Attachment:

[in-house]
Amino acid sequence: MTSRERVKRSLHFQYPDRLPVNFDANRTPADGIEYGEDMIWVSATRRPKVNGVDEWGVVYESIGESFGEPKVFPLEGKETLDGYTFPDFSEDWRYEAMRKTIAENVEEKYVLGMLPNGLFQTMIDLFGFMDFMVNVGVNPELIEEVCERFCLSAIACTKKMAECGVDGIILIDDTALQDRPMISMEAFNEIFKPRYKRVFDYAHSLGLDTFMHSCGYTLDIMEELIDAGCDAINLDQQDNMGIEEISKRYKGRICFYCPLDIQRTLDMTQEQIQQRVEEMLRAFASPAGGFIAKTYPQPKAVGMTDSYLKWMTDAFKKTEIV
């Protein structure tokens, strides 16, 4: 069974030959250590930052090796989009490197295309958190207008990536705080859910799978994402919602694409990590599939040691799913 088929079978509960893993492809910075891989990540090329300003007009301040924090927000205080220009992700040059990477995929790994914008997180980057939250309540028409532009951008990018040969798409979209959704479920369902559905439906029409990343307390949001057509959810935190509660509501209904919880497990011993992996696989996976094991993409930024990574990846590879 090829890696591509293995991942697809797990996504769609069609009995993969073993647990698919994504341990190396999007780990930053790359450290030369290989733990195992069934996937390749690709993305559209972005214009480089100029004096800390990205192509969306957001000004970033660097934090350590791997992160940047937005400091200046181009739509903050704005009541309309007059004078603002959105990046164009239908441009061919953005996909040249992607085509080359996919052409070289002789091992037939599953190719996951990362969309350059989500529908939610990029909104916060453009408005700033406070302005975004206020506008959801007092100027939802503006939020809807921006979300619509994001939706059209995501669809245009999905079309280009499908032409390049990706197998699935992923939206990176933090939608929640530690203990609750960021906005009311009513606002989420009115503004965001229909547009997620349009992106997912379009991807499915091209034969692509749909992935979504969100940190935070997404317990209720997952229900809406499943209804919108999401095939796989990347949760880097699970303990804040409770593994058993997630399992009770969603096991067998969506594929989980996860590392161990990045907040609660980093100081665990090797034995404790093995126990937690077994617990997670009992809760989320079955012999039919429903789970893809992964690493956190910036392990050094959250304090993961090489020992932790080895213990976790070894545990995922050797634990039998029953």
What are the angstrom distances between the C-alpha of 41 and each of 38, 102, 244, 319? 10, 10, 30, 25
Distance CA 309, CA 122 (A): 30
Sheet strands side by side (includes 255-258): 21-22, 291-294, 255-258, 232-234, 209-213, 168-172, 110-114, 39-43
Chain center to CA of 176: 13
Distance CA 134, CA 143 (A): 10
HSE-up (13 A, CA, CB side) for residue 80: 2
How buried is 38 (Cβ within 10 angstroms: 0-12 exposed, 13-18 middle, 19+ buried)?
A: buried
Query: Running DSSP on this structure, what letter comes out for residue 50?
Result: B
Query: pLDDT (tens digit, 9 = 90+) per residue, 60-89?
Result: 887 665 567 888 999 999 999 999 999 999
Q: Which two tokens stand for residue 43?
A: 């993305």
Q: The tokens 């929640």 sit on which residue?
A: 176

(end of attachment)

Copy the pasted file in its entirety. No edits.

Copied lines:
[in-house]
Amino acid sequence: MTSRERVKRSLHFQYPDRLPVNFDANRTPADGIEYGEDMIWVSATRRPKVNGVDEWGVVYESIGESFGEPKVFPLEGKETLDGYTFPDFSEDWRYEAMRKTIAENVEEKYVLGMLPNGLFQTMIDLFGFMDFMVNVGVNPELIEEVCERFCLSAIACTKKMAECGVDGIILIDDTALQDRPMISMEAFNEIFKPRYKRVFDYAHSLGLDTFMHSCGYTLDIMEELIDAGCDAINLDQQDNMGIEEISKRYKGRICFYCPLDIQRTLDMTQEQIQQRVEEMLRAFASPAGGFIAKTYPQPKAVGMTDSYLKWMTDAFKKTEIV
């Protein structure tokens, strides 16, 4: 069974030959250590930052090796989009490197295309958190207008990536705080859910799978994402919602694409990590599939040691799913 088929079978509960893993492809910075891989990540090329300003007009301040924090927000205080220009992700040059990477995929790994914008997180980057939250309540028409532009951008990018040969798409979209959704479920369902559905439906029409990343307390949001057509959810935190509660509501209904919880497990011993992996696989996976094991993409930024990574990846590879 090829890696591509293995991942697809797990996504769609069609009995993969073993647990698919994504341990190396999007780990930053790359450290030369290989733990195992069934996937390749690709993305559209972005214009480089100029004096800390990205192509969306957001000004970033660097934090350590791997992160940047937005400091200046181009739509903050704005009541309309007059004078603002959105990046164009239908441009061919953005996909040249992607085509080359996919052409070289002789091992037939599953190719996951990362969309350059989500529908939610990029909104916060453009408005700033406070302005975004206020506008959801007092100027939802503006939020809807921006979300619509994001939706059209995501669809245009999905079309280009499908032409390049990706197998699935992923939206990176933090939608929640530690203990609750960021906005009311009513606002989420009115503004965001229909547009997620349009992106997912379009991807499915091209034969692509749909992935979504969100940190935070997404317990209720997952229900809406499943209804919108999401095939796989990347949760880097699970303990804040409770593994058993997630399992009770969603096991067998969506594929989980996860590392161990990045907040609660980093100081665990090797034995404790093995126990937690077994617990997670009992809760989320079955012999039919429903789970893809992964690493956190910036392990050094959250304090993961090489020992932790080895213990976790070894545990995922050797634990039998029953």
What are the angstrom distances between the C-alpha of 41 and each of 38, 102, 244, 319? 10, 10, 30, 25
Distance CA 309, CA 122 (A): 30
Sheet strands side by side (includes 255-258): 21-22, 291-294, 255-258, 232-234, 209-213, 168-172, 110-114, 39-43
Chain center to CA of 176: 13
Distance CA 134, CA 143 (A): 10
HSE-up (13 A, CA, CB side) for residue 80: 2
How buried is 38 (Cβ within 10 angstroms: 0-12 exposed, 13-18 middle, 19+ buried)?
A: buried
Query: Running DSSP on this structure, what letter comes out for residue 50?
Result: B
Query: pLDDT (tens digit, 9 = 90+) per residue, 60-89?
Result: 887 665 567 888 999 999 999 999 999 999
Q: Which two tokens stand for residue 43?
A: 């993305």
Q: The tokens 């929640």 sit on which residue?
A: 176